Victorian London - Crime - Prostitution - numbers of prostitutes

Of the lower classes of London society, it would be a matter of impossibility to give a description. They form the largest portion of the inhabitants, and with accurate accounts of them, many volumes might be filled. There is one class however, on which it is necessary to say a little, inasmuch, as it is connected with every every other class, and is as much an institution of London, as slavery is of the Southern States, or as free labor is of the Northern. This class attracts as much of the attention of the London legislators an(l the public press, as does slavery in the States, and should I omit it, the omission would be considered too great by any who know anything of London. I allude to courtezans. It is said, that these form about one-fortieth part of the entire population, or, are in number about fifty-five thousand. Many reasons are given why this class is so large, but there can be no doubt that the chief reason is, the general state of poverty among the lower classes, caused in a great measure by the wholesale system of taxation. The children of the poor, almost as soon as they can walk or talk, are sent to the workhouse. For girls, these are the primary schools for prostitution. The large number constantly leaving the workhouse for service, renders work scarce, and the number of the unemployed great. Thus, of necessity, they become vicious. There is not a particle of doubt, but that stern necessity makes more persons wicked, than does the love of iniquity. On the countenance of these girls, nothing but joy and animation can be seen, while the very vulture of misery is gnawing-hour after hour- day after day - at their hearts. Originally seduced from a state of innocence, and then abandoned by every one who held them in any degree of estimation, they are left upon the world, and have no alternative but to go on in the way they have commenced. They are then exposed to insult without the means of redress, imposed upon by the police, must stand all kinds of weather, often without a friend in misery, or a place to call home. Fifty-five thousand such creatures roam the streets of London. No wonder that the journals teem with cases of suicides. Of these, fifty-five thousand nine-tenths die prematurely of disease and in misery, having lived lives of almost unimaginable hardships, and having, during those lives corrupted twice, or thrice nearly, their number of young girls - to say nothing of the ruin showered upon strong masculine constitutions. In a police report, I recently noticed a return of four parishes, containing in all, about 12,900 houses, and 70,000 inhabitants. Of the houses, 510 were of ill-fame, and of the inhabitants about 4,000 were prostitutes.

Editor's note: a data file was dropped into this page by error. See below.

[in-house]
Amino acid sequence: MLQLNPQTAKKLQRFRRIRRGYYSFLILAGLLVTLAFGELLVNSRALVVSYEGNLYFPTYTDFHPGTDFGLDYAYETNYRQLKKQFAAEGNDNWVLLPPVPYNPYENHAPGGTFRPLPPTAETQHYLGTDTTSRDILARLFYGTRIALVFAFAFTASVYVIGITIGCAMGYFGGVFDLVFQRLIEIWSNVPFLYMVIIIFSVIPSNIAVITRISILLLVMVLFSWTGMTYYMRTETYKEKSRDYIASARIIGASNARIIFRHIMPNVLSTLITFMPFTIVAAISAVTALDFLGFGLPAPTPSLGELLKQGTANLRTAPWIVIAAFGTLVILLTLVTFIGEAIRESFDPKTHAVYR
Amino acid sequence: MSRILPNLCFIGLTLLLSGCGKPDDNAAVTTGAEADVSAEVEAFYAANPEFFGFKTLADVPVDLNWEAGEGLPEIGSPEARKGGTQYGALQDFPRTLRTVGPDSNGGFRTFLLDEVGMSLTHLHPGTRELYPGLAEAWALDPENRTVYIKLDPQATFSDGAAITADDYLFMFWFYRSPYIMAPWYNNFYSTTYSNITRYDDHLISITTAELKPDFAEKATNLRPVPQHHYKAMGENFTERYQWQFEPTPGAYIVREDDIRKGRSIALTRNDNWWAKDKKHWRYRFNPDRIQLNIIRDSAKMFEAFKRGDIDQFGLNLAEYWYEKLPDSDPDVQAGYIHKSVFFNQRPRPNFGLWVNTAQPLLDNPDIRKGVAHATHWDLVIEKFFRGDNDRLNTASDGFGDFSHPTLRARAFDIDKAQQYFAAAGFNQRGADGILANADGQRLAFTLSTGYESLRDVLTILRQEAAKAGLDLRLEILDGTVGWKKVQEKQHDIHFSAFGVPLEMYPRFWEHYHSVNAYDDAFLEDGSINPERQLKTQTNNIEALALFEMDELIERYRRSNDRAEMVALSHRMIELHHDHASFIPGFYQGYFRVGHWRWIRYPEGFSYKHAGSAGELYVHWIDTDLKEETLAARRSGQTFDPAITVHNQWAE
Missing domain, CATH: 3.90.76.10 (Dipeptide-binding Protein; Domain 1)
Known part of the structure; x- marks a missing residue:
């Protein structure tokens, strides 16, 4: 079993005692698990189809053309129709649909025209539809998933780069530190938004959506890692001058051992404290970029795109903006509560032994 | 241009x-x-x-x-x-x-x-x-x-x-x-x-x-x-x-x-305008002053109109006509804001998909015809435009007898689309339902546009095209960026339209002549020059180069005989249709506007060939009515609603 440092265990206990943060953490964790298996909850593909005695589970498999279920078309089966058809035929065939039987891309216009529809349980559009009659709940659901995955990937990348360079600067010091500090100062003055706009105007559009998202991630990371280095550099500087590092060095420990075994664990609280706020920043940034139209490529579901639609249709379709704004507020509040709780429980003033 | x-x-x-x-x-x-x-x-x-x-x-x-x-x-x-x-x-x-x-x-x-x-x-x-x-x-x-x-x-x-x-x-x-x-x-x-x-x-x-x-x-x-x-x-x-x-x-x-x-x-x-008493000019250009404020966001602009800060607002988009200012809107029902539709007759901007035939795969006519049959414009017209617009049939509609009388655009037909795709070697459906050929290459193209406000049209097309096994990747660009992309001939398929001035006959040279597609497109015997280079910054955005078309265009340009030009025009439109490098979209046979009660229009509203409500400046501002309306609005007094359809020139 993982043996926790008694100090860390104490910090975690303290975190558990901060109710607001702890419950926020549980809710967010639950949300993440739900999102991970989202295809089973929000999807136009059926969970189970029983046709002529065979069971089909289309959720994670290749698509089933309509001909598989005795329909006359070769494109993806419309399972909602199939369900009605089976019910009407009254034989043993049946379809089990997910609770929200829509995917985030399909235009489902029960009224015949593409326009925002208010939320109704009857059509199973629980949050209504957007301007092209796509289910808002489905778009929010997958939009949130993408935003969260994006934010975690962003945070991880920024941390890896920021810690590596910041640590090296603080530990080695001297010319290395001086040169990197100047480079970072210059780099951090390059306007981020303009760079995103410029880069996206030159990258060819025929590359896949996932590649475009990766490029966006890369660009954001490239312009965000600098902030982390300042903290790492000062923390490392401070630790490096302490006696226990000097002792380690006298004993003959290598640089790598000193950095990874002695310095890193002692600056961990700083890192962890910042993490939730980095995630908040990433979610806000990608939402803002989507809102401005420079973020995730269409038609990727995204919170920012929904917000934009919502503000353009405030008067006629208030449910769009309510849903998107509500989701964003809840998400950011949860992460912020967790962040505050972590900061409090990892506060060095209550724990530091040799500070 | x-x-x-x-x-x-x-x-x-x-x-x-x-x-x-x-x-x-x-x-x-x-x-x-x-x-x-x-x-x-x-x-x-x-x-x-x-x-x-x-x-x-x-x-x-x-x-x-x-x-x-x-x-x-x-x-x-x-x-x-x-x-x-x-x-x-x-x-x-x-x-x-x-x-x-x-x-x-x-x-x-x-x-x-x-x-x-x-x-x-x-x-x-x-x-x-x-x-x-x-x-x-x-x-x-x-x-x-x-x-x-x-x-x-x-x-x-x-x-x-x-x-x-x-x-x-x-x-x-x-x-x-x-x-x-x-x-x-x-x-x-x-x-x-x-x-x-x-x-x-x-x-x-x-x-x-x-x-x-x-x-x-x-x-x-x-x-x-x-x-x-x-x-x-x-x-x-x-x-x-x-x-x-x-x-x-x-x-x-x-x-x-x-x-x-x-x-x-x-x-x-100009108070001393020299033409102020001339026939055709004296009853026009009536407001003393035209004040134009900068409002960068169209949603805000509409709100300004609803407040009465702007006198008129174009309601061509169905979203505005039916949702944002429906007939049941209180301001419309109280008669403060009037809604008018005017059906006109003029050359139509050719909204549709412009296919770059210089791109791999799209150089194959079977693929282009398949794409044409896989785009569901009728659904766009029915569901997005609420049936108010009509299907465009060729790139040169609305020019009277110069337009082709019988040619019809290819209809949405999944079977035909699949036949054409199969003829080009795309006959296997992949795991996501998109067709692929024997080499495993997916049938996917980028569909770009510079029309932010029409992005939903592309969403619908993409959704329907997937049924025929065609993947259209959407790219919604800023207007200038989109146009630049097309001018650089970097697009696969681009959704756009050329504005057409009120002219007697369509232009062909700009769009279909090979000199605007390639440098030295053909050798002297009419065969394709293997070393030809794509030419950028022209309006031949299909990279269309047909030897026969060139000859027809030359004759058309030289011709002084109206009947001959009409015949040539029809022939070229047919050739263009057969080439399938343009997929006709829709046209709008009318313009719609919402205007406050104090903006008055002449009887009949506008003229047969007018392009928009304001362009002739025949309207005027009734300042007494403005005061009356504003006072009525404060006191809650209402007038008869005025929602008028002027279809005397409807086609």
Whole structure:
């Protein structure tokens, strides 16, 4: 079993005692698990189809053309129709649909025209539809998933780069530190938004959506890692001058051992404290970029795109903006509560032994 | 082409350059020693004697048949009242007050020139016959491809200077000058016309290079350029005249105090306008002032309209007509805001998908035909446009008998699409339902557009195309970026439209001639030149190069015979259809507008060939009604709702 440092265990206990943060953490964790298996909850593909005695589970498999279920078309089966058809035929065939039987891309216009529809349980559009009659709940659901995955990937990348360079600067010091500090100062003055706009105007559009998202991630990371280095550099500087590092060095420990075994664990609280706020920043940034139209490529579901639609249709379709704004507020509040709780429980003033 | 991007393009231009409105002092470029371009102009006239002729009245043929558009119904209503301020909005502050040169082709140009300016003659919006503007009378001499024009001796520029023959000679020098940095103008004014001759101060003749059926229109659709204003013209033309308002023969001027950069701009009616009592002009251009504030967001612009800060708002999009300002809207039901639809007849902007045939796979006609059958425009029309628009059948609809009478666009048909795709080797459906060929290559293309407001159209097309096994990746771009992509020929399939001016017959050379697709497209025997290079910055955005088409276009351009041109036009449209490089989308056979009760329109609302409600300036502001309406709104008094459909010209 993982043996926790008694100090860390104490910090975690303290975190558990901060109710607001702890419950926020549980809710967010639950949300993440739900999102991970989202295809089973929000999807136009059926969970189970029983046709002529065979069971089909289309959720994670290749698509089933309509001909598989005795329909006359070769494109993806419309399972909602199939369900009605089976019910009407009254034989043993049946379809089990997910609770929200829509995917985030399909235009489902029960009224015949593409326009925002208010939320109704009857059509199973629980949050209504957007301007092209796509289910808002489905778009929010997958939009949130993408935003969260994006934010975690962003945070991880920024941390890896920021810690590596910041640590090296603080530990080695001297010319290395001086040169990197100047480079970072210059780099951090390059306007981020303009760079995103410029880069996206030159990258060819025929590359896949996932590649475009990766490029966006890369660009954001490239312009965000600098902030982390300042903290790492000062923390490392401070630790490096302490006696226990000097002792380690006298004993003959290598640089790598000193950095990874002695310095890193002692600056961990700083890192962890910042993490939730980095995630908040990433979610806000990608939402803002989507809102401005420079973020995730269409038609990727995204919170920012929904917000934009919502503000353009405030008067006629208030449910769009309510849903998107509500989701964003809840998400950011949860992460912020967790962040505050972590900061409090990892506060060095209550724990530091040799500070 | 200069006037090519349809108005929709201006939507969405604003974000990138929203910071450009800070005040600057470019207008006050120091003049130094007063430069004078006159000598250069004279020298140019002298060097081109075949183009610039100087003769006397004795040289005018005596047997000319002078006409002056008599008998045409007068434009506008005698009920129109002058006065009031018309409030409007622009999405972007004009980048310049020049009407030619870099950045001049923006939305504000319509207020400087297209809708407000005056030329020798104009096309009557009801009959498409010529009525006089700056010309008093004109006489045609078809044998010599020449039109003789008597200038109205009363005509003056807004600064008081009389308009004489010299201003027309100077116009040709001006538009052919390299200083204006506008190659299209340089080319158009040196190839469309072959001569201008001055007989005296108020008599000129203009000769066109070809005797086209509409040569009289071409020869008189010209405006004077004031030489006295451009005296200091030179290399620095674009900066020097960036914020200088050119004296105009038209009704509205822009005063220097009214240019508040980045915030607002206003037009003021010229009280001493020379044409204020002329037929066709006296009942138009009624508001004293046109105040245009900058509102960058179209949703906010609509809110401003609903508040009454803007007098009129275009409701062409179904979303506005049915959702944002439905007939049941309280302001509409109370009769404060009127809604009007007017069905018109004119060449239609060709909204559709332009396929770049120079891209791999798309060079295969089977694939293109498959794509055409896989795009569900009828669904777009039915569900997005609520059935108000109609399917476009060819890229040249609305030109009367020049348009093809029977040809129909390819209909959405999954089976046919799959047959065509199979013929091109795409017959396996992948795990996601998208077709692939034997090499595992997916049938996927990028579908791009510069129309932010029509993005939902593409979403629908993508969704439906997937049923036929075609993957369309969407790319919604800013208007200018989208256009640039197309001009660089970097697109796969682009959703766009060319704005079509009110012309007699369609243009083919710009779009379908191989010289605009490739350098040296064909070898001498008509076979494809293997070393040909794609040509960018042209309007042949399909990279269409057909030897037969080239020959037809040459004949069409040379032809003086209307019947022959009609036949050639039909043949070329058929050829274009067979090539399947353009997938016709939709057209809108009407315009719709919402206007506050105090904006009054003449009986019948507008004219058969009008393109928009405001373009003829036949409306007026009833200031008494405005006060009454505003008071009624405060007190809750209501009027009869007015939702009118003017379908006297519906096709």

W. O'Daniel, Ins and Outs of London, 1859